“There is no shortage of housing problems – what is needed are solutions.” Peter Elderfield, founder, Building and Social Housing Foundation
The first 40 years, 1976 – 2016
The Building and Social Housing Foundation (BSHF) was established in 1976 to identify positive and inspirational examples of good housing practice and to share those examples with others. Whether developing new technologies, housing finance mechanisms, community development approaches or urban renovation programmes, the organisations BSHF has worked with over the last 40 years have achieved outstanding results in their efforts to address a range of housing issues.
In 1946 a small group of homeless ex-servicemen with an initial capital of just £39 and 10 shillings set up the East Midlands Housing Association (EMHA). Led by Mr Peter Elderfield, founder and Chief Executive of EMHA, it developed into a highly successful integrated building and housing organisation, providing both subsidised social housing as well as building affordable housing for sale.
A change in the housing legislation in 1974 meant that EMHA could no longer continue to operate in its former integrated and holistic manner. There was therefore a formal separation of activities of the profit-making and non-profit-making sectors of EMHA. In 1976 BSHF was established with a gift from EMHA of all its non-state aided assets. Mr Elderfield, became the BSHF Director and remained so until his death in January 2001.
One of the first major studies BSHF commissioned was the design for a self-supporting cooperative village. This work, carried out in the late 1970s, pioneered the sustainable lifestyle patterns that are now accepted as mainstream practice, with the use of renewable energy, home-based working and recycling of waste products.
Over the last 40 years BSHF has built up an extensive body of research into sustainable and innovative housing solutions. In addition to our own in-house activities, we have commissioned research from external bodies and worked collaboratively with organisations that have similar aims and objectives. At the heart of all our activities is a long-standing commitment to bringing together people with a wide range of expertise to consider an issue of topical housing concern in order to advance thinking and understanding, and to develop a practical agenda for action. This work has often led to the development of publications.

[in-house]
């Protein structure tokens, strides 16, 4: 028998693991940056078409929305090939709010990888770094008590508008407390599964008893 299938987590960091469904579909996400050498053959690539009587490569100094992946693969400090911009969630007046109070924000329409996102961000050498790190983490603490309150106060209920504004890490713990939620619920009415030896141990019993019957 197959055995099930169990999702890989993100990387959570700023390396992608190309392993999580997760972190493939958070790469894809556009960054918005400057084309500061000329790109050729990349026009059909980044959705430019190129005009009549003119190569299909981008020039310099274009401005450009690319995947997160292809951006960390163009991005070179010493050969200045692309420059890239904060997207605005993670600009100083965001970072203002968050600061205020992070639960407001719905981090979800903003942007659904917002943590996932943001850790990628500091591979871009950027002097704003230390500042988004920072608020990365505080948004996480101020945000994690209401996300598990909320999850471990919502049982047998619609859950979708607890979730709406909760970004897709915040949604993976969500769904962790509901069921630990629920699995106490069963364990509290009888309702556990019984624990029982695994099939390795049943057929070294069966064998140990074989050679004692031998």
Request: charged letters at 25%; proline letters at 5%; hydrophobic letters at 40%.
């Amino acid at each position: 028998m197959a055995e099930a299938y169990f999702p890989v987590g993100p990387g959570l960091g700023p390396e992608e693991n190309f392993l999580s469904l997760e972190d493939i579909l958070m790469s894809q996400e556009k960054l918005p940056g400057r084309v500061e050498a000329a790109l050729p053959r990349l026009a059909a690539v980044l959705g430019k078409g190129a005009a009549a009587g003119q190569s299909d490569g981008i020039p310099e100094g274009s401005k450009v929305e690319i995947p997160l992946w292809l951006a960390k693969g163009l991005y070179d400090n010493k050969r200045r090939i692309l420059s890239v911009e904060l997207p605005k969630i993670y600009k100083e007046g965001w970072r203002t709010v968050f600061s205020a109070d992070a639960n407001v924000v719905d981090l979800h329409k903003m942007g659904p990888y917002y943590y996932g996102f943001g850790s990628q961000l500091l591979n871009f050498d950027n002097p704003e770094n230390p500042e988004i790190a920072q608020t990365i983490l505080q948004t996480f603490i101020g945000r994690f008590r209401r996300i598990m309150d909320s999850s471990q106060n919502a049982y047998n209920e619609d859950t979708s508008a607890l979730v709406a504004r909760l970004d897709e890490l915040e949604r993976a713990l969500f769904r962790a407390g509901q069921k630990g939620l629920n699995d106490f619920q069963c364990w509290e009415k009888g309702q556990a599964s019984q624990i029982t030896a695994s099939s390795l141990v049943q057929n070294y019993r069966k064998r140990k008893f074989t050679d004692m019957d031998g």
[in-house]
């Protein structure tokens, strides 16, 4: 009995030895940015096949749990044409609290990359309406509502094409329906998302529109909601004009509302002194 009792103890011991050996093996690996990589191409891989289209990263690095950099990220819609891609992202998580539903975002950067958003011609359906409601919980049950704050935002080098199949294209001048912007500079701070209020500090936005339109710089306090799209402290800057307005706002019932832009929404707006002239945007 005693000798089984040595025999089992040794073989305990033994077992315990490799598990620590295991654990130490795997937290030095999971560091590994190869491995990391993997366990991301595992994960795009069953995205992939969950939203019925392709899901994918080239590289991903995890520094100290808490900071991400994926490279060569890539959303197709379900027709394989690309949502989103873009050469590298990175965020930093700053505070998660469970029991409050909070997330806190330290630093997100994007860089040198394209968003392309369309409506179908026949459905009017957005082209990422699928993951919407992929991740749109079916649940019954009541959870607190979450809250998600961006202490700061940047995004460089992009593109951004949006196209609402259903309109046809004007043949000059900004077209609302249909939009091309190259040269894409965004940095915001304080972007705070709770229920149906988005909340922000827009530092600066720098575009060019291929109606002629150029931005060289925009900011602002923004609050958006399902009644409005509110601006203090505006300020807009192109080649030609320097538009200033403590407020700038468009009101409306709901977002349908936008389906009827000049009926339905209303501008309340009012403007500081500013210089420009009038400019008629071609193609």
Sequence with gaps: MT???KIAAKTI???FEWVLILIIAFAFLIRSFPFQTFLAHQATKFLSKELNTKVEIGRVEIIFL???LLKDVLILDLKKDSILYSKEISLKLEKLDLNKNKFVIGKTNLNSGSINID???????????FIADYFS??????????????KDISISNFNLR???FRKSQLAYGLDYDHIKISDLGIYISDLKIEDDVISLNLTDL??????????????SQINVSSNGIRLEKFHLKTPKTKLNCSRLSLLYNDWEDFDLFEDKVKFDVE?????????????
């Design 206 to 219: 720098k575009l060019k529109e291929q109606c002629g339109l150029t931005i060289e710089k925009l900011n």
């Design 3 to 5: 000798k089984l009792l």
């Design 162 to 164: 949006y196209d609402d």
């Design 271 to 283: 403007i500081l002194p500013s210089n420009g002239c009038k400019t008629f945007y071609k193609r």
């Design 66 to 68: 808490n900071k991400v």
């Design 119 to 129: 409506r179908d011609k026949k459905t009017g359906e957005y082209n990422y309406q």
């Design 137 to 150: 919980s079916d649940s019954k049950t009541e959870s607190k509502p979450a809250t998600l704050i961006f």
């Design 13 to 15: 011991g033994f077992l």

Preferring a practical emphasis to its work, BSHF has always sought to identify housing solutions rather than housing problems. In 1985 BSHF pioneered the search for innovative and successful housing practice around the world by establishing the World Habitat Awards, an international competition to identify housing solutions that are making a very real difference to the lives of poor people. These Awards have helped to identify and make better known many successful housing solutions around the world.
Through our work we have developed a global network of innovative organisations who share our goal of better housing. International links have been established both within Europe and beyond, including with the United Nations Human Settlements Programme (UN-Habitat). In 1988, BSHF was one of the founder members of the European Liaison Committee for Social Housing (Housing Europe) and has held Special Consultative Status with the UN Economic and Social Council since 2006 for our work supporting the goals of UN-Habitat.
BSHF has always sought to encourage self-help and self-reliance, encouraging people to recognise and use their own skills and abilities. Within our local area, BSHF supported the fledgling Care and Repair service, and helped promote its work as it pioneered new ways of helping older and disabled people to live independently in their own homes. There is now a national network of nearly 200 home improvement agencies and handyperson providers across England.
BSHF has never shied away from tackling the most difficult issues – always seeking to identify solutions to the most challenging problems and actively bringing people together to solve them. For example, at a time when forced evictions were increasing dramatically worldwide, with devastating effects on millions of children, women and men, BSHF led the way in bringing together people to find workable solutions. In 2010 BSHF worked across 8 countries to identify examples of good practice in response to forced evictions and organised an international exchange in Istanbul, for people with direct experience and expertise. The resulting report, “How People Face Evictions: Lessons from people-led initiatives” brought together the practical experiences and strategies of communities successfully resisting forced evictions and key lessons for everyone interested in social justice in housing.
Over the last 40 years there has been rapid social, economic and political changes around the world. The early twenty first century is a period of enormous social change. Our world is being reshaped by globalisation, rapidly developing technology, climate change, polarising wealth and a growing population exploiting limited resources. These changes are having a profound impact on where and how people live. All too often the worst effects are felt by the most vulnerable people and those on the lowest incomes.
At BSHF we have continued to adapt and respond to these changes; reflecting the pioneering spirt and practical nature of our founder, Peter Elderfield. In 2015 BSHF published its 2015 – 2018 strategy, setting out how we will respond to the challenges and opportunities of the early twenty first century, building on the strong legacy of the last 40 years.